#scichatnz 10 tips to PONDer

This is a guest post by avid Pond user and #scichatNZ regular Tony Cairns

This is a few tips and suggestions from my perspective and completely independent from N4L nor the Pond. I think the pond is a great idea – well I would say that wouldn’t I since I am knee deep or neck deep in in. I have loaded over 782 resources into 66 ‘buckets’ (folders) in the 503 days i have been involved. I was pioneer or early adopter educator and I have attended several meetings, workshops and seminars on the Pond.

To me the origin of the pond was a fusion of the need to find a use for the UFB: content, skills and professional learning and the desire by teachers and administrators to learn form the best resources available. It was free, fast, flexible and friendly – mainly because it was run for, by and with teachers. The designers and coders were responsive and eager for feedback and very willing to make changes – rolling out new and better features on a monthly and quarterly basis.

Uptake by teachers was fast – presently a community of 15,241 members is made up mostly by teachers i.e. 11, 612 educators in 43 groups, with 400 education providers and 2611 schools. Students are yet to arrive – possibly in 2016 when protocols and policies have been further explored by teachers, schools and providers. BUT contributors do have the option to make any or all of their resources available to any group, public or private, of any age, expertise or group affiliation.

My ten top tips on wading in the pond:

  1. Tag wisely and consistently all your resources to make them easier to find and more targeted to end users.
  2. Place all resources into clear consistent well labelled buckets (folders) and help others by tagging (with restraint) relevant resources
  3. Load whole units, ready to go with all files, features, presentations and tests into the Pond – be generous with your time and resources – we all owe others for our education and learning – it’s time to give back and share what we know.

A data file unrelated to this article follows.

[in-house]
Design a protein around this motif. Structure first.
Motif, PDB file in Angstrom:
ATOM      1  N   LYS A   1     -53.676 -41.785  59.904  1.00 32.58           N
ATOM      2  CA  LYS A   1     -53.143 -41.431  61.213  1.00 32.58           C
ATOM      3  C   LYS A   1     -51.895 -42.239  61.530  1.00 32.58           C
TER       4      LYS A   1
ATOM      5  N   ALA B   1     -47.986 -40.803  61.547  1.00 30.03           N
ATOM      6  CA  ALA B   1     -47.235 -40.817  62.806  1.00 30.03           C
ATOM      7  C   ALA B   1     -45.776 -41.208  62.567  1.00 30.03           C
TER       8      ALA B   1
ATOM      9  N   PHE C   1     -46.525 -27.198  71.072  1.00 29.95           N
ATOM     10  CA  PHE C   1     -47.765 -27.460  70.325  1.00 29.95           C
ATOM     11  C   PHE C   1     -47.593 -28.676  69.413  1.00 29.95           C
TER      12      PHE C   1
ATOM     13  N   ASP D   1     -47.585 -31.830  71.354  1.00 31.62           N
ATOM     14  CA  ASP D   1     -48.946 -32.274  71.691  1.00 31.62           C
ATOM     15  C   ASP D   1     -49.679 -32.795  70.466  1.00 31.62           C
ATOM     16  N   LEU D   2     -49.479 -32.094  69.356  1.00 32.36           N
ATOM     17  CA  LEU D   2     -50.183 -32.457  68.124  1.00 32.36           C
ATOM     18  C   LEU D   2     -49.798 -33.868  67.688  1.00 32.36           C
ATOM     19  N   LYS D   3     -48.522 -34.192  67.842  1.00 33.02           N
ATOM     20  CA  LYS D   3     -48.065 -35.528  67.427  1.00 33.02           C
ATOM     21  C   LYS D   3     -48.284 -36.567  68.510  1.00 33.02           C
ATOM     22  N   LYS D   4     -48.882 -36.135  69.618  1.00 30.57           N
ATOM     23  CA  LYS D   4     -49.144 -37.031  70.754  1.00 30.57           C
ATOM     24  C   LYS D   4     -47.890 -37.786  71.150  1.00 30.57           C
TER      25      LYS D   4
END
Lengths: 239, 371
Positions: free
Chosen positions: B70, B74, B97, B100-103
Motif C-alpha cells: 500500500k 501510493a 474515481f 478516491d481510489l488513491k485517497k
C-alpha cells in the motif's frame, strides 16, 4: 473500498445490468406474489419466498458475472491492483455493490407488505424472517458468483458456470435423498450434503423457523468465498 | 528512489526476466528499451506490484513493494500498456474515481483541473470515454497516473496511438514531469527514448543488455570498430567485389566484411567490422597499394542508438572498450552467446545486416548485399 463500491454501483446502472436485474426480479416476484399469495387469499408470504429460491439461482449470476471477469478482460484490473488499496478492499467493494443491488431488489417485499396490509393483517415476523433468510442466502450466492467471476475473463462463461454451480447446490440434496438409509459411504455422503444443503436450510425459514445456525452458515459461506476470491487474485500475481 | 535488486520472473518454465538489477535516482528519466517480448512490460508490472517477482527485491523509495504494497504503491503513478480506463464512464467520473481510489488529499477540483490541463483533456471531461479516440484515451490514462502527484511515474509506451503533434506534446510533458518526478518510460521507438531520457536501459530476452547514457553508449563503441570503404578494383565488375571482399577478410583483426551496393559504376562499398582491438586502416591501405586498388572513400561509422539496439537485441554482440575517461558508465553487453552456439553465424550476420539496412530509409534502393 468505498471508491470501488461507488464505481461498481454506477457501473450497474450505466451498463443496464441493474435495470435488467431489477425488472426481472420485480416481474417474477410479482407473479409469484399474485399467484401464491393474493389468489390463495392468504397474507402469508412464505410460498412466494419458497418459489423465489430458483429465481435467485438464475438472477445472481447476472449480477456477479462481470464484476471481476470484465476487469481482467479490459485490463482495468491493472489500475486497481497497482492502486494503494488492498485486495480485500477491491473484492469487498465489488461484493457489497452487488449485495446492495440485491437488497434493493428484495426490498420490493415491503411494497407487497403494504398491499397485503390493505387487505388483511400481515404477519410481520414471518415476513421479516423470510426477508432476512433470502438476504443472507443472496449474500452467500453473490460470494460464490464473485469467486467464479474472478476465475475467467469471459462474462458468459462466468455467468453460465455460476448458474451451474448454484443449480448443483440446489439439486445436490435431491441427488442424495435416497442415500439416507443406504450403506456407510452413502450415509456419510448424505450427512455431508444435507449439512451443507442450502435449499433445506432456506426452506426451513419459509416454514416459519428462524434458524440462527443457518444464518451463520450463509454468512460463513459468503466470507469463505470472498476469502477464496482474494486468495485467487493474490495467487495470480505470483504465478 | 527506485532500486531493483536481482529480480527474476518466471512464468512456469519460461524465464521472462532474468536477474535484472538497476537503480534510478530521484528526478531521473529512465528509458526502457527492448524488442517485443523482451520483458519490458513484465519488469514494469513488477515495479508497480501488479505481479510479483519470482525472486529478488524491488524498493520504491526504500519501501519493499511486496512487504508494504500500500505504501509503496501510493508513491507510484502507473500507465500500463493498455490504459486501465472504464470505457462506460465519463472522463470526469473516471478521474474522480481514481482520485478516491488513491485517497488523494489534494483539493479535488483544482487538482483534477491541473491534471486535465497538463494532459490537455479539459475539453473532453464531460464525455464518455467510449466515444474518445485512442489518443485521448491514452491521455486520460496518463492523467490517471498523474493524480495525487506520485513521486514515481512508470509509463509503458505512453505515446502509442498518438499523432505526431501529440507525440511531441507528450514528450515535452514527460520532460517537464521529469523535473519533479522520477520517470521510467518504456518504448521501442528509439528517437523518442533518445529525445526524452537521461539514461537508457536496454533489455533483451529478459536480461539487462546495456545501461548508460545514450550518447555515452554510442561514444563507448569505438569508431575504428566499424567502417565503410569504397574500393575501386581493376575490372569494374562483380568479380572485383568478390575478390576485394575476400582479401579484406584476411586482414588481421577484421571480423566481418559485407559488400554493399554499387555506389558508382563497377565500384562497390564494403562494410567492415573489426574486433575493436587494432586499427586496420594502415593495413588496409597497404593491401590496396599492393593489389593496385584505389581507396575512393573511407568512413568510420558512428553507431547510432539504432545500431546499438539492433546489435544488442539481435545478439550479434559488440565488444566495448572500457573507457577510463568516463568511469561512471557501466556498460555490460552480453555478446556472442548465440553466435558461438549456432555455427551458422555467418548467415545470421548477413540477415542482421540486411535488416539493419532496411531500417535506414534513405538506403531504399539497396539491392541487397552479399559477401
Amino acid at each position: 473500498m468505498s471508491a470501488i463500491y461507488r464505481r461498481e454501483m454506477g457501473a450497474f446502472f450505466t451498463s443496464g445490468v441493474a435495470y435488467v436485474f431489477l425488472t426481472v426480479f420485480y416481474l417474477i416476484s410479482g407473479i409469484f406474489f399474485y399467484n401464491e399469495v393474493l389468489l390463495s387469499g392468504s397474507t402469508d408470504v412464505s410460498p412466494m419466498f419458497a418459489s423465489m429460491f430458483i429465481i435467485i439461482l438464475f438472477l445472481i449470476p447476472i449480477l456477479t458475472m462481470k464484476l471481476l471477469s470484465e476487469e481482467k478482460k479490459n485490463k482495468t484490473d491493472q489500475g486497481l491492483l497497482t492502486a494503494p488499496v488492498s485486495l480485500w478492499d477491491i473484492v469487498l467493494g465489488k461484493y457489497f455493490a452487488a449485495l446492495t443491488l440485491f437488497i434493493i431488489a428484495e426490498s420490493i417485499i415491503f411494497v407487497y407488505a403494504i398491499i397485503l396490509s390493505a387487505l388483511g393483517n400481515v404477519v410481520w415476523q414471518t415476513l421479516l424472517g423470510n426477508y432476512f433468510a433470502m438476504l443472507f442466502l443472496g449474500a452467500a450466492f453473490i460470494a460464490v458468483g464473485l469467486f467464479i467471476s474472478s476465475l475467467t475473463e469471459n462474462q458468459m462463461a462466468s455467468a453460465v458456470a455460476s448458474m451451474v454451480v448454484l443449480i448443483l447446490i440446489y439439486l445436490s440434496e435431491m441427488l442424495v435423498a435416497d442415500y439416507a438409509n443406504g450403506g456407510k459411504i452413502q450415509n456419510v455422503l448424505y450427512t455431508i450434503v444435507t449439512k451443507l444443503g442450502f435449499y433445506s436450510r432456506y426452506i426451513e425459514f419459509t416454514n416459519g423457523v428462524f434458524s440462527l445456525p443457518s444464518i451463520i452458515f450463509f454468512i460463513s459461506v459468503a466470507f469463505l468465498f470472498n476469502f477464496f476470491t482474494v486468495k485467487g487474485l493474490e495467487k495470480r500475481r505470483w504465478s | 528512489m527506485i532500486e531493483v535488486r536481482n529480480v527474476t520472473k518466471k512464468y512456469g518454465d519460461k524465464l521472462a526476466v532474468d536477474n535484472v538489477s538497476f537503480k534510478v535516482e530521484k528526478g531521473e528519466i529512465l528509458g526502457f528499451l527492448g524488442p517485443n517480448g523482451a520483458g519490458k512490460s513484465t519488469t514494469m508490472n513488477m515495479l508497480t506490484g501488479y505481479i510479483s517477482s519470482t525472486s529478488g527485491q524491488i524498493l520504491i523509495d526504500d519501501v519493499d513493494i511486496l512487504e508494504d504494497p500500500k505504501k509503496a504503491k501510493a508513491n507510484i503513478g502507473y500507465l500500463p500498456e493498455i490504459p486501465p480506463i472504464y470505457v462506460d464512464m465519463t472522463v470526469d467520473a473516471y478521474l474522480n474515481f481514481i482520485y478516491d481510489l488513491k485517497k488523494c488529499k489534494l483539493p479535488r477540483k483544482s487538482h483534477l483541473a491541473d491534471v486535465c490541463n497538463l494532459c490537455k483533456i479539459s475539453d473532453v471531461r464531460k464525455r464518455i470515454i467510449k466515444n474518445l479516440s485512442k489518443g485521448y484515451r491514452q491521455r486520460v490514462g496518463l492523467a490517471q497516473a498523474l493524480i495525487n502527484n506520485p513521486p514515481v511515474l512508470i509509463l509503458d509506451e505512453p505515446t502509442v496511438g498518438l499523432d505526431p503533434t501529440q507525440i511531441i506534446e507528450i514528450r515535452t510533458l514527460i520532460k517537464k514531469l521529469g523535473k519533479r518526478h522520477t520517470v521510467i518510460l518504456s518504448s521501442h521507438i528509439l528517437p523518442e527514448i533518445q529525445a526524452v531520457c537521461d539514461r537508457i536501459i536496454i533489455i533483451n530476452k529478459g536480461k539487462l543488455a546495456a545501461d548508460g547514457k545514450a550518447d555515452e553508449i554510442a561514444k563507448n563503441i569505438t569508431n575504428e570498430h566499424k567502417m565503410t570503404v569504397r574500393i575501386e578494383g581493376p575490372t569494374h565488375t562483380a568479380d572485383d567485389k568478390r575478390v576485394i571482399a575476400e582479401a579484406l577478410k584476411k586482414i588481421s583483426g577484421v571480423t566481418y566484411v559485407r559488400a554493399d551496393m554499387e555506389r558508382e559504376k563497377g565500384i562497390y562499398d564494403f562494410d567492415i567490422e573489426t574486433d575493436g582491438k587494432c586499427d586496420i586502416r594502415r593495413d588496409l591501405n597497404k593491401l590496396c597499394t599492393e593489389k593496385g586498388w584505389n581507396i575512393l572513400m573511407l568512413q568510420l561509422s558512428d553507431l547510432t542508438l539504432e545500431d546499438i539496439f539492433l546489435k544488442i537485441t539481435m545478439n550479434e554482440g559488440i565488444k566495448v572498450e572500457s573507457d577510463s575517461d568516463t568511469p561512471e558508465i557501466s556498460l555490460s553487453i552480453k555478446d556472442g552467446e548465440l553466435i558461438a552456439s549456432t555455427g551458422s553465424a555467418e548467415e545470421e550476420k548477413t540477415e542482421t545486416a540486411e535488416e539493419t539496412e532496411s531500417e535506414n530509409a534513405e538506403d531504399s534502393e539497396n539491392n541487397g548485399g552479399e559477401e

4. Add the Ponder this… app into your browser and use it to clip the items, articles and lesson you think may help others – or your own students
  5. Order your folders so that the lessons and topics flow and link to your lesson plan.
  6. Tell others your successes by all means but also discuss your failures – you can learn more and stress less form reading others mistakes than making more of your own
  7. With permission and mindful of copyright (we use creative commons with attribution) load the images of your work in action, the student exemplars (with their permission) to show how the lesson went and what can be learned from it to further improve your practice.
  8. Follow the leaders – the teachers and providers you like – the debates that interest you and the groups that you are affiliated to
  9. Comment and Ka pai (like) the successes of others and give some ripples to those who may appreciate some feedback from your own experience of the topics or lesson plans you have used.
  1. Keep it positive, upbeat and concise – a little wisdom can go a long way and more is not always better


Thanks N4L, Carolyn, Paula, Andy, Ian, Pete, Chris, Tim, Barry, Gary Keely, Alex, Alfonso. Kris, Matthew, Simon, Adeel, Kris, Sian and all the others I am yet to meet. Thanks Providers Science Learning Hub (to die for resources) Kiwa (KIWA is the world’s leading production house for experiential digital books) and NZ On Screen (amongst too much excellence to mention in full.) Thanks Educators Eliot, Gerard, Giles, Mike, Anna Gregory and al the wonderful contributors who give up their time, energy and resources for no gain but to make the world, education and teaching better. Thanks for the tips on how to use the Pond Better esp from Eliot 


One thought on “#scichatnz 10 tips to PONDer

  1. Great post Tony! thanks for your insight into Pond – your “ponderings” 🙂 and the 10 tips are brilliant! very useful advice.
    Having met the Pond development team – they are certainly committed to making this the best platform for educators that it can be – and still want feedback into how to make it better.
    Keep up the awesomeness Tony, you are one in a million!!!


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